#Article (Archive)

Kololi Beach Club sued

Aug 3, 2012, 11:06 AM | Article By: Dawda Faye

Musa Boye, former employee of Kololi Beach Club, has sued his former employer at the Kanifing Industrial Tribunal for wrongful termination.

He testified and told the tribunal what transpired between him and his former employer.

Lawyer Surahateh Janneh, counsel for the defendant, on 30 July 2012 cross-examined the plaintiff to discredit him.

Under cross-examination, he said he worked for KMC and Taf Construction where he was doing carpentry work, on a contract for 8 months.

From 2002 to 2006, he added, he was given a contract by the defendant.

He denied that he was employed in 2006 by the defendant.

Boye stated that his employment letter was coming from England.

He indicated that he was informed about this by the former General Manager and another employee of the defendant, adding that he did not receive an employment letter from England, but the defendant gave him an employment letter through one Haddy Jeng, the Human Resources Manager.

He further said that, from 2002 to 2005, one Bakary Kuyateh was the MD of the defendant, stating that he was the head of the carpenters by the time of his redundancy.

Boye said he was the last person to be employed by the defendant, adding that on 15 June 2011, the carpentry section was not closed and he was the head.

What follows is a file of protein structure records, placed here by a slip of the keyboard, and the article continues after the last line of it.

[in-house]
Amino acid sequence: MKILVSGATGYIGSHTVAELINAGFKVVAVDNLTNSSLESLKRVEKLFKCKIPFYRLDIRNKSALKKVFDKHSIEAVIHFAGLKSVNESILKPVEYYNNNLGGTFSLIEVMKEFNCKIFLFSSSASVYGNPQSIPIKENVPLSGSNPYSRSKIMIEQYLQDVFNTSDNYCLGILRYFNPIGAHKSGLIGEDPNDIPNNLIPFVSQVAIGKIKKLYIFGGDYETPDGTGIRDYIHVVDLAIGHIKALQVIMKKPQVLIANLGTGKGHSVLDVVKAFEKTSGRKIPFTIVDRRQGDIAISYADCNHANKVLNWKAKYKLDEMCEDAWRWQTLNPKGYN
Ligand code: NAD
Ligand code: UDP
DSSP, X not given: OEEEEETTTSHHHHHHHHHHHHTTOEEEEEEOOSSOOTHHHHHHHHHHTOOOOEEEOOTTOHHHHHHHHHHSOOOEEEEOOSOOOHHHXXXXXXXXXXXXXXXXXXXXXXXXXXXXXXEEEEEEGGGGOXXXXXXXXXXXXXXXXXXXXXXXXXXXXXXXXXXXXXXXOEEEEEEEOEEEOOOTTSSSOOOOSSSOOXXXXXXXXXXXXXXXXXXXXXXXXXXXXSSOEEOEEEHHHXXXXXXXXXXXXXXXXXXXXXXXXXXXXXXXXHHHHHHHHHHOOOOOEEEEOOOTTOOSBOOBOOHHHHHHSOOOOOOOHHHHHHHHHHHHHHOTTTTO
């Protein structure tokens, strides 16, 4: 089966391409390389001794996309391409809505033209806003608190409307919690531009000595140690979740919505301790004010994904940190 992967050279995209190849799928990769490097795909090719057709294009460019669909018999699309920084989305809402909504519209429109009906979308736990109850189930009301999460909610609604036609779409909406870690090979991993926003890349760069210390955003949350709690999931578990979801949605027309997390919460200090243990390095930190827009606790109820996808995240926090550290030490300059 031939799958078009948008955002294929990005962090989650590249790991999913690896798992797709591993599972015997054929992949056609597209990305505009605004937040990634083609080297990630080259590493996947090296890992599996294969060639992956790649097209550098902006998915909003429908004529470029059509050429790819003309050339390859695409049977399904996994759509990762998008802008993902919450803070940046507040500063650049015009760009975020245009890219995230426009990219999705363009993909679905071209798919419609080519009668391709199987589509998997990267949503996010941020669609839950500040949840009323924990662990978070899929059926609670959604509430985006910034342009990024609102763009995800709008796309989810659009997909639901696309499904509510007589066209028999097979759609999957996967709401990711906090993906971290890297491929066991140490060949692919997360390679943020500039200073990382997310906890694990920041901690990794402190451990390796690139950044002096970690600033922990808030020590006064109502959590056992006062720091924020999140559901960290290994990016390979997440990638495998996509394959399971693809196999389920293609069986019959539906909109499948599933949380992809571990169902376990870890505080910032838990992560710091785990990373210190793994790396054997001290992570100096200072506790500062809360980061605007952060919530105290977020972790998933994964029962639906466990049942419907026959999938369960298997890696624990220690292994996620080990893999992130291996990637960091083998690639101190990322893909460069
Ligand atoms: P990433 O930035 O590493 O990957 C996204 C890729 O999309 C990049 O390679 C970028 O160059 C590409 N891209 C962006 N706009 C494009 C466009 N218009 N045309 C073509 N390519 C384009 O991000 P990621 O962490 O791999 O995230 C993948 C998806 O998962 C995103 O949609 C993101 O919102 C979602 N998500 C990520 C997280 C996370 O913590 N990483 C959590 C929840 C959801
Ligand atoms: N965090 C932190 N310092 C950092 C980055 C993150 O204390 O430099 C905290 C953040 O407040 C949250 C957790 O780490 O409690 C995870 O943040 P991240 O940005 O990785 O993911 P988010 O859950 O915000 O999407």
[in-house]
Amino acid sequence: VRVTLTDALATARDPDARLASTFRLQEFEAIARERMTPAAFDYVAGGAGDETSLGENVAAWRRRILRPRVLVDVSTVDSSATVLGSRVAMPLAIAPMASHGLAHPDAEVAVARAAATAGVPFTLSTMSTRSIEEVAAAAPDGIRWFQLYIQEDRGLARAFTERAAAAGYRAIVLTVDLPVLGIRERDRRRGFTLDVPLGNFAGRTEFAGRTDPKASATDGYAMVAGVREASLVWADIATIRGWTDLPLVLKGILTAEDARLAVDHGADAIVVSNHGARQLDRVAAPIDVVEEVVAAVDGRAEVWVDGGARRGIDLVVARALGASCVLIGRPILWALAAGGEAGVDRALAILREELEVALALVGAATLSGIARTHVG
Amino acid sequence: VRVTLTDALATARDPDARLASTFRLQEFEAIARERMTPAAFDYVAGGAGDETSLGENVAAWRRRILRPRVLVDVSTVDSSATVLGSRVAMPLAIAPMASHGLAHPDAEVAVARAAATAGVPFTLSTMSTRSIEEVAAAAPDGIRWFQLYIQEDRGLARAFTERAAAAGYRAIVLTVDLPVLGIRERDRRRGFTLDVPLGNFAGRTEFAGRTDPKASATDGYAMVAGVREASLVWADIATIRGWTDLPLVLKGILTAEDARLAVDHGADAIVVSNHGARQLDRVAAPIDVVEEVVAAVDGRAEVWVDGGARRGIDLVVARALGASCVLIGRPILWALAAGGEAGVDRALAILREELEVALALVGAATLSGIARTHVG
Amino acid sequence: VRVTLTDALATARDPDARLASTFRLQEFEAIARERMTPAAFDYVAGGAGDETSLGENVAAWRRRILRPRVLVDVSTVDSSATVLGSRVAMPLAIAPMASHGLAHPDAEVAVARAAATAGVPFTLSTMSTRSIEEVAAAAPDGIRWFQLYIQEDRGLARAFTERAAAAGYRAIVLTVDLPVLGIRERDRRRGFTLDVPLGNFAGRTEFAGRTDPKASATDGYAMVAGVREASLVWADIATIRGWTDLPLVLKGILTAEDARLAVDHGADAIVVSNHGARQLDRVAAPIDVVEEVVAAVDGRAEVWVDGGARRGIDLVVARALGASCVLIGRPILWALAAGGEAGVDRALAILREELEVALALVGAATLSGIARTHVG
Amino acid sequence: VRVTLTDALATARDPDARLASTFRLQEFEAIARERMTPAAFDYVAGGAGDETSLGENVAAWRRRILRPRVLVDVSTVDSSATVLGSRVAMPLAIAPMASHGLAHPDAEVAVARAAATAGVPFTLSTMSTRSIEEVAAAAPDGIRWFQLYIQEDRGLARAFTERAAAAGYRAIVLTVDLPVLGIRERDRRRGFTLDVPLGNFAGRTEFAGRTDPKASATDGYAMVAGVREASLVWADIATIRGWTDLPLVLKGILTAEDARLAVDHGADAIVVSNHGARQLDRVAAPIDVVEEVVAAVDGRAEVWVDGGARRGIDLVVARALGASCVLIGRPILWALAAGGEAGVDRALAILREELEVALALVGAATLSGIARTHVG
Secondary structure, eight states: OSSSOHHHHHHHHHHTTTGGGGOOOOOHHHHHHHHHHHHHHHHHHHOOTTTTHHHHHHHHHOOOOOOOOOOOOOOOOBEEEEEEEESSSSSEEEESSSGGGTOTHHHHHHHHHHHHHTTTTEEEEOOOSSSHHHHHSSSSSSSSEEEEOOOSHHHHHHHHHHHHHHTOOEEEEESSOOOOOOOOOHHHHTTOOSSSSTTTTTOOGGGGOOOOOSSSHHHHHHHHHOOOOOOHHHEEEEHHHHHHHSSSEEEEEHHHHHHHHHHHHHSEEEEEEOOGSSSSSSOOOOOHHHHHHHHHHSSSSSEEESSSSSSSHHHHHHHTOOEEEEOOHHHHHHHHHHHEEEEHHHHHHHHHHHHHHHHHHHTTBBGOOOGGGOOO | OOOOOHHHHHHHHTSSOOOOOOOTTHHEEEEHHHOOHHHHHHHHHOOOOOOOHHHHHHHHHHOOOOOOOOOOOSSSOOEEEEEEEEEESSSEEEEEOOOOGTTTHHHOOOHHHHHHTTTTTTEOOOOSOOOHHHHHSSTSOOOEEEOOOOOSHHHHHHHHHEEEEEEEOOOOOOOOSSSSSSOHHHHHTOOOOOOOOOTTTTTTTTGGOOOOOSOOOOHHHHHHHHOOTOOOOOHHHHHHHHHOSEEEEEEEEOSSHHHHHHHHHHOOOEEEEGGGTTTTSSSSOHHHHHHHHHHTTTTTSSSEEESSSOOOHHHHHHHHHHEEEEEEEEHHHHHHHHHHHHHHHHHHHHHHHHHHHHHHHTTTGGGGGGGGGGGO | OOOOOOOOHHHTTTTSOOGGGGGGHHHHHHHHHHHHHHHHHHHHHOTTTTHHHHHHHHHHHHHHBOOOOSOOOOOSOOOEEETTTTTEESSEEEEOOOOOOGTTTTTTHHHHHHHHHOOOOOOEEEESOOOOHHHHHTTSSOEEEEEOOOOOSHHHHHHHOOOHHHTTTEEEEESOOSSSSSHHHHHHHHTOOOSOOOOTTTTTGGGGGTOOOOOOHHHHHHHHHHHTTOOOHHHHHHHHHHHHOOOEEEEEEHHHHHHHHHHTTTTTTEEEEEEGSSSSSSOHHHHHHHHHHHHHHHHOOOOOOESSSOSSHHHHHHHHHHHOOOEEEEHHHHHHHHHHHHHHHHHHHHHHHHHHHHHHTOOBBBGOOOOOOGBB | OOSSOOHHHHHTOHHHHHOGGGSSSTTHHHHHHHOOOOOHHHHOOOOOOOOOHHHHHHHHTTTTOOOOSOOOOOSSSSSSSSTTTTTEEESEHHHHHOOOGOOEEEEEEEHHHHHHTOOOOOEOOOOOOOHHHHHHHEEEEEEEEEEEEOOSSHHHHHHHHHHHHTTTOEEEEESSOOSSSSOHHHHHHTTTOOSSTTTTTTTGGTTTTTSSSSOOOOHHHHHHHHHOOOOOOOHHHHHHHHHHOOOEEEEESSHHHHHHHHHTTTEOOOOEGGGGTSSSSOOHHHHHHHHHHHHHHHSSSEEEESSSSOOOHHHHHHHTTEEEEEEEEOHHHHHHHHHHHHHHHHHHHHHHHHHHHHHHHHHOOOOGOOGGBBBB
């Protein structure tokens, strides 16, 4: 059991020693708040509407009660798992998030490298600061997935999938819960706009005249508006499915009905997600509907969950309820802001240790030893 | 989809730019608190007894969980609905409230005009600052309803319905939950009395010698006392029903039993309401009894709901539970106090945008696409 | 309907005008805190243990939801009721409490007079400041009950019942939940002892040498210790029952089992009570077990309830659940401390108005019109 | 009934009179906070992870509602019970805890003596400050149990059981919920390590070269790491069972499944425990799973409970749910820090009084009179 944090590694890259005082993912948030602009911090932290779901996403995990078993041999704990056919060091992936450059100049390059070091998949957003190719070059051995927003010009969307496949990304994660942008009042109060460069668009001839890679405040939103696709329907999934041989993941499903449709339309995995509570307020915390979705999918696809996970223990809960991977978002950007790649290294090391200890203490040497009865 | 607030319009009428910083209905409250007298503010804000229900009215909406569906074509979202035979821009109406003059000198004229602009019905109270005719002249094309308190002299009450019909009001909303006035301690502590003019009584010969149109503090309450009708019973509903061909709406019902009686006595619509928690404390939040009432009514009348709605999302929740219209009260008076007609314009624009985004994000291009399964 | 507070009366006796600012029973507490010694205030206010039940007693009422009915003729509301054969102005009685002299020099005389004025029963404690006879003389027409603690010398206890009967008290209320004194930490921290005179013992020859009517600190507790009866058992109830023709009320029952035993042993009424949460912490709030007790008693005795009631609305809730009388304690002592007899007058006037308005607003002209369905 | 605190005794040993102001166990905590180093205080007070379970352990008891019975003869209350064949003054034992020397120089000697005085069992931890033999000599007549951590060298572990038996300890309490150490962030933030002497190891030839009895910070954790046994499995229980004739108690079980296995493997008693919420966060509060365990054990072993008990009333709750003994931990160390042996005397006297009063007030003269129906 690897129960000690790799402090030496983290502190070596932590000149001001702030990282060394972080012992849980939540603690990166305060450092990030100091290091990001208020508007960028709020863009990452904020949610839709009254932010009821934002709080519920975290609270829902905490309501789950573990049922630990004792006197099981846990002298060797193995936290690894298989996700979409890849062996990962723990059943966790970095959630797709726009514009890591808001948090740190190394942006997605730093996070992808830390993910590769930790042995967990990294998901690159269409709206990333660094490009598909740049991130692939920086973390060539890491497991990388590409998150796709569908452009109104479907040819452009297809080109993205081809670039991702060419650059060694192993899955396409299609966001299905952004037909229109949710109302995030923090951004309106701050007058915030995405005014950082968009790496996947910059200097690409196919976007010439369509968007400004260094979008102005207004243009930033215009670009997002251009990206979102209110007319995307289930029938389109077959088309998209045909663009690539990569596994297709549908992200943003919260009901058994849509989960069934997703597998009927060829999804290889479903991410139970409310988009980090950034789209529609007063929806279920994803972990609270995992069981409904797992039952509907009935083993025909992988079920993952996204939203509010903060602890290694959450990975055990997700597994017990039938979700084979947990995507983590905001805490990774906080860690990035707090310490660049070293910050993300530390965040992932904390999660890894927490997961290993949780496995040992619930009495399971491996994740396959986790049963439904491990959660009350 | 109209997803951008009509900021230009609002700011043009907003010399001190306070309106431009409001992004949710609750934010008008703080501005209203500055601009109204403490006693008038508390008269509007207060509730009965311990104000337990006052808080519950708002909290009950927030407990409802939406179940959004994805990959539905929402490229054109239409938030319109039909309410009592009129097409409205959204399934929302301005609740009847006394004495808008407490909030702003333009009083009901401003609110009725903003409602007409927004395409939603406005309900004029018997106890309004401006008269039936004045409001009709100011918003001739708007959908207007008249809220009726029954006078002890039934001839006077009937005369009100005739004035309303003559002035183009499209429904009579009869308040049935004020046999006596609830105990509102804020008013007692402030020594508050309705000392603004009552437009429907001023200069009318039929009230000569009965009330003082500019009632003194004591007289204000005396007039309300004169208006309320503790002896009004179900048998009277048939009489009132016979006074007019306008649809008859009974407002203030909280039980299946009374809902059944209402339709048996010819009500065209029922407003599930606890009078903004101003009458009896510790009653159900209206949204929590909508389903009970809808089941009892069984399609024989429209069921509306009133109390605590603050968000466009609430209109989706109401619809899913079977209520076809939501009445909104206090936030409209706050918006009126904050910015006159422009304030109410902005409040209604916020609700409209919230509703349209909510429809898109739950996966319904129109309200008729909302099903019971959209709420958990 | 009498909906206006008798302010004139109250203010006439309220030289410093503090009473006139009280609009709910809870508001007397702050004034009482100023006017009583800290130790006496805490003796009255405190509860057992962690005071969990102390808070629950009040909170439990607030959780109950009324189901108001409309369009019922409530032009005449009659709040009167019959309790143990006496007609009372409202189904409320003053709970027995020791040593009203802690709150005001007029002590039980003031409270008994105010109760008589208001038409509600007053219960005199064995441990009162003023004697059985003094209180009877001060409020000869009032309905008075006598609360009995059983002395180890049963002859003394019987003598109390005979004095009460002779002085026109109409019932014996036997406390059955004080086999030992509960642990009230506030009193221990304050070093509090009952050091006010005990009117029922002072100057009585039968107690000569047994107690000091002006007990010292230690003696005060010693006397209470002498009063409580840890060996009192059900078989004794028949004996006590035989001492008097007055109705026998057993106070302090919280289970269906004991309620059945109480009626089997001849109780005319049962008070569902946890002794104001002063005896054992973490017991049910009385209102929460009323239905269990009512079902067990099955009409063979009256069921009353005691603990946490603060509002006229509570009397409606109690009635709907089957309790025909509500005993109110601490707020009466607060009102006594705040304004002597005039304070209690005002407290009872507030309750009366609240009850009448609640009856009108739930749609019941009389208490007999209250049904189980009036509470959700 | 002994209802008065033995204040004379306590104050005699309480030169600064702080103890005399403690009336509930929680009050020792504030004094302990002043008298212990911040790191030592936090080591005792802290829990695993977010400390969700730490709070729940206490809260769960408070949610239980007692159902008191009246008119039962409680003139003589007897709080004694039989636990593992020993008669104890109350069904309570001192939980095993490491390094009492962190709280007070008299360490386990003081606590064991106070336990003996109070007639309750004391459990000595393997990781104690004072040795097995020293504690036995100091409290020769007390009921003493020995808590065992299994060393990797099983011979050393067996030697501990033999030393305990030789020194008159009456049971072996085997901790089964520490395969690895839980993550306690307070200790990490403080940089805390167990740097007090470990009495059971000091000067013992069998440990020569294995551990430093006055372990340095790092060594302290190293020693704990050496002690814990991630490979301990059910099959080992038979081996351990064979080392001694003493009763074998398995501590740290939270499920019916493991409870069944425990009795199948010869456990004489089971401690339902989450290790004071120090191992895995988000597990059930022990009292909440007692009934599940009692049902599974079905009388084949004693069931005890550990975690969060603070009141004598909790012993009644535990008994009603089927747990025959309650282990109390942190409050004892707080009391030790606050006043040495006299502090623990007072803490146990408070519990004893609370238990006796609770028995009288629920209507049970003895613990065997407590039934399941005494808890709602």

He testified that he was working with one Omar Sanneh at the carpentry section, further stating that his service was terminated in June 2011.

He said that since his termination, there was another employee who was working at the carpentry section, and was called Mam Jallow.

Defendant’s counsel put it to him that in 1998 to date Mr Williams has been the MD of the defendant, but the plaintiff said it was Lamin Jarju who was the MD.

He testified further that D1,500 was his salary, adding that D2,400 paid to him was inclusive of his food and transport allowances.

He stated that he was given D15 for food allowance from Monday to Saturday.

It was put to him by the defendant’s counsel that he rejected D9,000 for redundancy, but he said he was given D2,000 redundancy for two months’ salary.

He further testified that he was not asked to collect his redundancy salary, denying that he was offered re-employment by the defendant.

The plaintiff was claiming D922,950 for unlawful dismissal, damages and breach of contract.

The case continues on 14 August 2012.